Charles Blanc Charles Blanc (17 November 1813, Castres Castres (; ''Castras'' in the Languedocian dialect of Occitan Occitan (; oc, occitan, link=no , ), also known as ''lenga d'òc'' (; french: langue d'oc) by its native speakers, is a Romance langu ...

Charles Blanc
, among others. Divisionism developed along with another style, Pointillism, which is defined specifically by the use of dots of paint and does not necessarily focus on the separation of colors.Ratliff, Floyd. ''Paul Signac and Color in Neo-Impressionism.'' New York: Rockefeller UP, 1992. .


Theoretical foundations and development

Divisionism developed in nineteenth-century painting as artists discovered scientific theories of vision that encouraged a departure from the tenets of Impressionism, which at that point had been well-developed. The scientific theories and rules of color contrast that would guide composition for Divisionists placed the movement of Neo-Impressionism in contrast with Impressionism, which is characterized by the use of instinct and intuition. Scientists or artists whose theories of light or color had some impact on the development of Divisionism include Charles Henry (librarian), Charles Henry,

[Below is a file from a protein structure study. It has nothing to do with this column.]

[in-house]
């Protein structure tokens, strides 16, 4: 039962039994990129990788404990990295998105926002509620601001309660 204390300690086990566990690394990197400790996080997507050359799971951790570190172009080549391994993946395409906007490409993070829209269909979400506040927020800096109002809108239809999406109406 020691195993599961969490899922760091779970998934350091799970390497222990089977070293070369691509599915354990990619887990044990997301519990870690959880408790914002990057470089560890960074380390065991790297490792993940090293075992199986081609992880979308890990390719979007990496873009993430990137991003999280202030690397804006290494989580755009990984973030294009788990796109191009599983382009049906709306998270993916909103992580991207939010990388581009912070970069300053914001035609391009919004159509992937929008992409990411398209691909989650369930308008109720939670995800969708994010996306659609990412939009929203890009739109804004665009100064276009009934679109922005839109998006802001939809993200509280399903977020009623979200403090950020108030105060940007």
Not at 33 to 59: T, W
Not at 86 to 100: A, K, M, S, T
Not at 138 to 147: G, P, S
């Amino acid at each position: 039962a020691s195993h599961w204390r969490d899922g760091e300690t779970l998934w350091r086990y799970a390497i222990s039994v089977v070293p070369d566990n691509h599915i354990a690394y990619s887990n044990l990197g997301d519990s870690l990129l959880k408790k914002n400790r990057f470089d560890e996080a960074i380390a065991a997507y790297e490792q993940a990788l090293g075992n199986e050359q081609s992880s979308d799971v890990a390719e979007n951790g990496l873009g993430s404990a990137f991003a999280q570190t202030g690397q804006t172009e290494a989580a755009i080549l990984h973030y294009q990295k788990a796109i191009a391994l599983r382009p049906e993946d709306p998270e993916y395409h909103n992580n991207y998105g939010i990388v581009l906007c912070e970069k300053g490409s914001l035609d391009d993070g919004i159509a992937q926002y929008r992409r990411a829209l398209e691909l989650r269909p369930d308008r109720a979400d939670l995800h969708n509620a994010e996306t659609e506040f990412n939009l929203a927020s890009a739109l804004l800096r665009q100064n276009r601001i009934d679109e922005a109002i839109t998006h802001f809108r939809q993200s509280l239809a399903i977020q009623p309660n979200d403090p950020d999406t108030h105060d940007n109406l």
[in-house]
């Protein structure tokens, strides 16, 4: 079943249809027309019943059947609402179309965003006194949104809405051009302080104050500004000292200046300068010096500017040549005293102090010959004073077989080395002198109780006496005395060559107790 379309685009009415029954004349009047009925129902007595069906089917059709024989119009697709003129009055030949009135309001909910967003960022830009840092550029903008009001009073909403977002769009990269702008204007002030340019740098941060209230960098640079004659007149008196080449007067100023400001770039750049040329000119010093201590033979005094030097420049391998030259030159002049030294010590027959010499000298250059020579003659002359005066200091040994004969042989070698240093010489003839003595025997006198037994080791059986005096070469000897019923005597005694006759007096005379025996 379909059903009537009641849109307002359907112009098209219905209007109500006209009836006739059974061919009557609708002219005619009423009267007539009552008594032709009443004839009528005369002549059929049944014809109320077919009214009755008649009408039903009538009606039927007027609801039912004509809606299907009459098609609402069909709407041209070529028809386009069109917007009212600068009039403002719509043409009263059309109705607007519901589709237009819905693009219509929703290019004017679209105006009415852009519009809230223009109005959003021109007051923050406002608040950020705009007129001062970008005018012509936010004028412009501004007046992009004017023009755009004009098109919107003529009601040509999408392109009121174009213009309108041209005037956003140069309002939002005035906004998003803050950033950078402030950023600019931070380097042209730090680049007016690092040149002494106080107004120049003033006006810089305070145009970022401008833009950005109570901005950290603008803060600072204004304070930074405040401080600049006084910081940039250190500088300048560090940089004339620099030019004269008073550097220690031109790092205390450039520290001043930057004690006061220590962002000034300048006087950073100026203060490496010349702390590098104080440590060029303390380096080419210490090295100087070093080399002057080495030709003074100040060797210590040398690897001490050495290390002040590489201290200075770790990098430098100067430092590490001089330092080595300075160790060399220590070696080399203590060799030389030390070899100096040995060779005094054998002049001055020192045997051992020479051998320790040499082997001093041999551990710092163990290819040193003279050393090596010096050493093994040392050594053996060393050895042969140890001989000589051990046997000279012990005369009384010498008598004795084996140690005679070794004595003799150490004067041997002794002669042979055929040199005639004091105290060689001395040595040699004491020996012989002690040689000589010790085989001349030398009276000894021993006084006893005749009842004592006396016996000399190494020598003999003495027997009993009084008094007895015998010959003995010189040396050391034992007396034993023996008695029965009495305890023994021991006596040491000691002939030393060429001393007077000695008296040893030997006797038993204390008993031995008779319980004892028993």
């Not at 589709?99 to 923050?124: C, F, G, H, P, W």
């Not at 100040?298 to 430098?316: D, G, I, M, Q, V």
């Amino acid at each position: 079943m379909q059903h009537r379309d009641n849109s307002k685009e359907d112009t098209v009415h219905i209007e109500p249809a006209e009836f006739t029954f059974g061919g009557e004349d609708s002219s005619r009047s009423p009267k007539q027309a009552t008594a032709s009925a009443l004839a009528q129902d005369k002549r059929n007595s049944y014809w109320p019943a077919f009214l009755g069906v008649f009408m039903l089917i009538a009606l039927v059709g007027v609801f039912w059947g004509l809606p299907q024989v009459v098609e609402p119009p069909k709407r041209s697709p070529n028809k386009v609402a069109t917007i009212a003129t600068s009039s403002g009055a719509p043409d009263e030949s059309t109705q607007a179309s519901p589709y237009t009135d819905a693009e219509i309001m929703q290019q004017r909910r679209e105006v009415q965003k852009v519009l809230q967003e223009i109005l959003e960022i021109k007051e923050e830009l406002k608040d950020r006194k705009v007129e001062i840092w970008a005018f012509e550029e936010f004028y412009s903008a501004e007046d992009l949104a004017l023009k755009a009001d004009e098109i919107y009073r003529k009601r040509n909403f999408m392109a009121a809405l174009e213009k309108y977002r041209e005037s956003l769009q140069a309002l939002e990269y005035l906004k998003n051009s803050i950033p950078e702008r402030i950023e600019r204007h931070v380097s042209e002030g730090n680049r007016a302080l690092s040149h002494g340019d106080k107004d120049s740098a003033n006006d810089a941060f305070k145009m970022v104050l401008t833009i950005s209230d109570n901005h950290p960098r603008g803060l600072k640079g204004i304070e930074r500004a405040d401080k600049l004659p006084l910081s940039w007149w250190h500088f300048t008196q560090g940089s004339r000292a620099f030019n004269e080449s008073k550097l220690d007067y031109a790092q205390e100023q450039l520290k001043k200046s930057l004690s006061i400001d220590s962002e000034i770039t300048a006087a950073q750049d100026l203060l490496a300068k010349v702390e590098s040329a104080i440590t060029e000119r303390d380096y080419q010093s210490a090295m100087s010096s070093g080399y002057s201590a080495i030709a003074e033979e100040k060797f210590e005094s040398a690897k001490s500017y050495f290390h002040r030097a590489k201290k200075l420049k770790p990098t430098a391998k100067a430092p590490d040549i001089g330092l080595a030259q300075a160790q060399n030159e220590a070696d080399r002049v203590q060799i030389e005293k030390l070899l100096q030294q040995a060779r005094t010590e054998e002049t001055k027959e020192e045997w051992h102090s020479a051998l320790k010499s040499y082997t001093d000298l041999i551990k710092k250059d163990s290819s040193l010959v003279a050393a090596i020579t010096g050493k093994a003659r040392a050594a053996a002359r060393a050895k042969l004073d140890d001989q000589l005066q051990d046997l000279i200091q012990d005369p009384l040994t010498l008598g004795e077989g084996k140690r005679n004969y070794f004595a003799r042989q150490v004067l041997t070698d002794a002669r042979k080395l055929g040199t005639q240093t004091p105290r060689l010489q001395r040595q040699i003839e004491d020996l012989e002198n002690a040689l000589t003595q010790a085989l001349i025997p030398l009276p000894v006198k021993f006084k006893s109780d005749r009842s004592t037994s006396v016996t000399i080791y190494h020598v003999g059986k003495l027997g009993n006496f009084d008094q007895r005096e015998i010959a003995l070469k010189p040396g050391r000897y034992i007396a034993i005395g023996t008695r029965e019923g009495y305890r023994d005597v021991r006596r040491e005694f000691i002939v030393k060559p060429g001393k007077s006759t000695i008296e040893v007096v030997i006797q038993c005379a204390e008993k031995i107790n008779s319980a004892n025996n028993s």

Charles Blanc Charles Blanc (17 November 1813, Castres Castres (; ''Castras'' in the Languedocian dialect of Occitan Occitan (; oc, occitan, link=no , ), also known as ''lenga d'òc'' (; french: langue d'oc) by its native speakers, is a Romance langu ...

Charles Blanc
, David Pierre Giottino Humbert de Superville, David Sutter,
Michel Eugène Chevreul Michel Eugène Chevreul (31 August 1786 – 9 April 1889) was a French chemist whose work influenced several areas in science, medicine, and art. His early work with animal fats revolutionized the manufacture of soap and of candles and led to his ...

Michel Eugène Chevreul
,
Ogden Rood Ogden Nicholas Rood (3 February 1831 in Danbury, Connecticut Danbury is a city in Fairfield County, Connecticut, United States The United States of America (USA), commonly known as the United States (U.S. or US), or America, is a count ...
and Hermann von Helmholtz.


Beginnings with Georges Seurat